What is the difference between blower door test and energy audit, and why do I need it?
A home energy audit is a wonderful thing. So valuable. But who does them, and how do we know if they are going to use it to highlight a product they partner with or sell? Green Attic customers have expressed difficulty finding reliable answers and great, honest, knowledgable auditors. They are out there, but there are very few. We are one of them.
An energy audit generally consists of air leakage detection and identification, insulation evaluation, house heating system evaluation, water heating evaluation, appliance evaluation, computer and electronics evaluation, doors and windows, evaluation, lighting evaluation, personal habits, blower door test for CFM and ACH, and a summary report.
Green Attic focuses on the customers concern, the reason for the call, so the general items listed on a typical audit may or may not take center stage during the audit. The homeowner relies on us to direct the conversation towards truth, fact based building science, and energy conservation.
Green Attic has found the most common deficiencies are already visible without a blower door test and thermal imager. The thermal imager will confirm to our eyes what we are already feeling. The thermal imager will confirm unintentional gaps in the pressure barrier ( air barrier or building envelope).
Two proven facts, where there is air infiltration / heat escape, there is cobwebs / and or cracked caulk and paint around cometic seams. The caulk or paint is the last line of defense against air intrusion, and due to temperature differences, it is inevitable. Visit after visit, house after house, same indicators, same information, same proof.
Green Attic starts with an exterior property walk. We locate impactful unintentional gaps in the building envelope. Example, window frame to siding / brick not caulked. Sometimes is missing, sometimes its cracked, sometimes is poorly applied / partially applied. The resulting air intrusion comes through the path of least resistance ( think water / energy ) such as wall outlets and most commonly base shoe / baseboard trim.
Green Attic will locate gaps between building materials such as siding to foundation, window frame to window, facia to brick, and more. These gaps are unintentional, treatable, and highly impactful in reducing a series of resulting problems such as air quality, uncomfortable rooms, higher than neighbors heating and cooling costs, and more.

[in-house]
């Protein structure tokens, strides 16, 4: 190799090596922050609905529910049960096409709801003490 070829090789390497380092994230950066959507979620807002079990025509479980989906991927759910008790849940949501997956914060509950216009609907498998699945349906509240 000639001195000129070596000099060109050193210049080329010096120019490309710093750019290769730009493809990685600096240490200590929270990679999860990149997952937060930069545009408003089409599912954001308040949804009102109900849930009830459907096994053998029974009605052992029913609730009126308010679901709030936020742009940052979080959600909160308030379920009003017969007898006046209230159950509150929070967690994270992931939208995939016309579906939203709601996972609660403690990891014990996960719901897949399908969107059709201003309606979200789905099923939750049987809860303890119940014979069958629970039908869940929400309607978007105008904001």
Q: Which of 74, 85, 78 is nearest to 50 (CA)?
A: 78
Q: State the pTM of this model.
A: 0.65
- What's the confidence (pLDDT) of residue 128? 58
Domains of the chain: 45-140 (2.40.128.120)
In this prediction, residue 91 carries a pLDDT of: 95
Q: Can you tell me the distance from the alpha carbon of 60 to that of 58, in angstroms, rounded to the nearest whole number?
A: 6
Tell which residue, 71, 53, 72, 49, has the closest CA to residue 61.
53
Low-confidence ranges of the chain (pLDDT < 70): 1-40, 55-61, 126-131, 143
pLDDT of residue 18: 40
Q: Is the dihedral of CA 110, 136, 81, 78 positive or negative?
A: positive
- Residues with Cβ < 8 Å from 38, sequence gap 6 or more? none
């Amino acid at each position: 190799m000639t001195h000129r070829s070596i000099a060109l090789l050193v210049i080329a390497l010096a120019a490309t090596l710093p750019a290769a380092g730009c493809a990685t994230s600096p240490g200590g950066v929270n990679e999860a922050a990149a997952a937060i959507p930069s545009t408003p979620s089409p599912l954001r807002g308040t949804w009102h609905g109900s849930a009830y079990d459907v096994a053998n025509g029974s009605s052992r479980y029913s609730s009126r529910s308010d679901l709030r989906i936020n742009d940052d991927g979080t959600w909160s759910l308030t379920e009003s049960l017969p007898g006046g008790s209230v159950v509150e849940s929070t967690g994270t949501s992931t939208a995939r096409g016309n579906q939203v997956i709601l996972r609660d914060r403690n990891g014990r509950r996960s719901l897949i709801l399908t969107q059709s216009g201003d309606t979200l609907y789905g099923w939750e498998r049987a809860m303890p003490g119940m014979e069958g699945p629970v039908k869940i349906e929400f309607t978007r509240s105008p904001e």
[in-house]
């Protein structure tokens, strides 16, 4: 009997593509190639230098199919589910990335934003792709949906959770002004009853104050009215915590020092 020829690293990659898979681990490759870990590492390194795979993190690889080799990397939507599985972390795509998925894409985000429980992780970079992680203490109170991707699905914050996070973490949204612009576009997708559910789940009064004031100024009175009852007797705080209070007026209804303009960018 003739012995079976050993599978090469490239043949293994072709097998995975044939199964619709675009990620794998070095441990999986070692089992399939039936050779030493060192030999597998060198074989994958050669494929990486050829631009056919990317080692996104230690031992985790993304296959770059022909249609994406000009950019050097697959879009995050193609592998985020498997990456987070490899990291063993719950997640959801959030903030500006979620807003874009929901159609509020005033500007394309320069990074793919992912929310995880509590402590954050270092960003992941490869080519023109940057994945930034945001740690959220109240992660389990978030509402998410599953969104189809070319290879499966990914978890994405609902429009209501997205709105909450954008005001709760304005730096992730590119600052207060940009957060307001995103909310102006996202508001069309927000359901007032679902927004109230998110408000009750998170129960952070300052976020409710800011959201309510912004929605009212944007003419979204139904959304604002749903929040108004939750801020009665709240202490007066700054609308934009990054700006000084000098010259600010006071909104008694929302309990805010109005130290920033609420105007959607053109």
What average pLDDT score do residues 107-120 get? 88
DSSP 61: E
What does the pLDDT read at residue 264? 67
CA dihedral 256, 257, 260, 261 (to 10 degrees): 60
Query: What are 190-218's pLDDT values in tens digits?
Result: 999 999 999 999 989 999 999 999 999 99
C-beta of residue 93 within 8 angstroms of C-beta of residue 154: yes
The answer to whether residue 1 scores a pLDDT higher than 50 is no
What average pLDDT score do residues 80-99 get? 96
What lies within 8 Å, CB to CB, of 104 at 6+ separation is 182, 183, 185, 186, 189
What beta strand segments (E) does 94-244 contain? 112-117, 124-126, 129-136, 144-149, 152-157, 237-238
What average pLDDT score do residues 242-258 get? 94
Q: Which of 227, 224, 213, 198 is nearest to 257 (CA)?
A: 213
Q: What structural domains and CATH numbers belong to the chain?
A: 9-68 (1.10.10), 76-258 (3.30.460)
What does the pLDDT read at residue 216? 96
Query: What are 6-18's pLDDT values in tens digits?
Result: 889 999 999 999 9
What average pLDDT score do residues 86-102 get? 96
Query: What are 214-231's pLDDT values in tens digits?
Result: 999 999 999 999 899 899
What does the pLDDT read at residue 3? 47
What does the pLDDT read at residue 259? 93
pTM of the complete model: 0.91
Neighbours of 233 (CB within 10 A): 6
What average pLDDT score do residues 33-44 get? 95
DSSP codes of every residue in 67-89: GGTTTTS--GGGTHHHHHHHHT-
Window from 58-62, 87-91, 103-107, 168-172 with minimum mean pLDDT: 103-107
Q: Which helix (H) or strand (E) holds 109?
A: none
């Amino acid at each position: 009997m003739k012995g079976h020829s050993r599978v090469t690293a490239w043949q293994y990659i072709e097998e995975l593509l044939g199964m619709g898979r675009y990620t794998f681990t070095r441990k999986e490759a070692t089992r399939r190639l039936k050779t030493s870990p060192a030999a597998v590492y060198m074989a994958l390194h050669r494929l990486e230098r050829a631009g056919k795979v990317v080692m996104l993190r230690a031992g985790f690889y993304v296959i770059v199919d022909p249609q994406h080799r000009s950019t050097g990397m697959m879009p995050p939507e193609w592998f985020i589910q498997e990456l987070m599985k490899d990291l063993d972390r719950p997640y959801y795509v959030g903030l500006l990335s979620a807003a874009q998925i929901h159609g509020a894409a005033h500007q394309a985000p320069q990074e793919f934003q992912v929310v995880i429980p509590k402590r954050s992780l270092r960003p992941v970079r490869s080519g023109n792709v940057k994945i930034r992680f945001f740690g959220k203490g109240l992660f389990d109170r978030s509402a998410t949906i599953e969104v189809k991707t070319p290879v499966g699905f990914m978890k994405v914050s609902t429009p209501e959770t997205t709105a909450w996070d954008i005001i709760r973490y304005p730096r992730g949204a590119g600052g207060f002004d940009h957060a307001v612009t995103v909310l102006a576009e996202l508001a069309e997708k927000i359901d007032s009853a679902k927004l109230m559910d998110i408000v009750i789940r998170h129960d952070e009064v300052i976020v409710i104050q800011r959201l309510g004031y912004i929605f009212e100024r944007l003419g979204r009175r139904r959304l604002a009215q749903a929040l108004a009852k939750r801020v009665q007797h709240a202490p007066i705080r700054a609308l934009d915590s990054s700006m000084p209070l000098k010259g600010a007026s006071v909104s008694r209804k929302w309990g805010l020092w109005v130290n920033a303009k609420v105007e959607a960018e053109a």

Green Attic can target exact location of air intake from the exterior and recommend a treatment solution for exterior sealing. We can prioritize treatment, and create an action plan with prices and individual line items for treatment. Some items can be performed by our attic insulation team, while others require a handyman, painter, siding contractor, or another specialist in the respected field.
Green Attic will walk the home under normal living conditions, and measure ductwork vent delivery temperatures. We may find a leaky duct or poor pressure or temperatures to conditioned air supply in a particular space. We may find significant gaps along the baseboard. We may find obvious heat escape such as can lights which have no AT rating, and usually there will be corresponding cobwebs. We may find heat escape from top plates ( bypass between framing top plate and drywall seam).
Green Attic will locate unintentional air leakage and provide a solution. There are many variables to air sealing, both interior and exterior products, and application methods. For example if the floors are wood and the trim is white ( common decorating style 2010- present) clear caulk will be used on that seam, while the seam between base show and base trim will be white caulk.
Green Attic will calculate the sq ft of the home and volume ( cubic ft volume) and determine the ACH ( air exchange per hour). This is a valuable number for new construction / remodel as is is most commonly required to be at 4.0 in order to receive occupancy permit.
Additionally, Green Attic will take a CFM (cubic feet per minute) reading to measure how many cubic feet ( about a basketball in size) of air is being drawn through the blower door test fan while depressurizing the home to 50Pa ( pascals). Most homes in the Chicagoland area which have average deficiencies test between 8-12 ACH. With 4.0 being the baseline for occupancy of a new home, we are 2-3 times leakier than intended, translation to 2-3 times less comfortable, 2-3 times higher heating and cooling costs, but that is subject to other relative variables such as insulation, building construction methods and materials and more.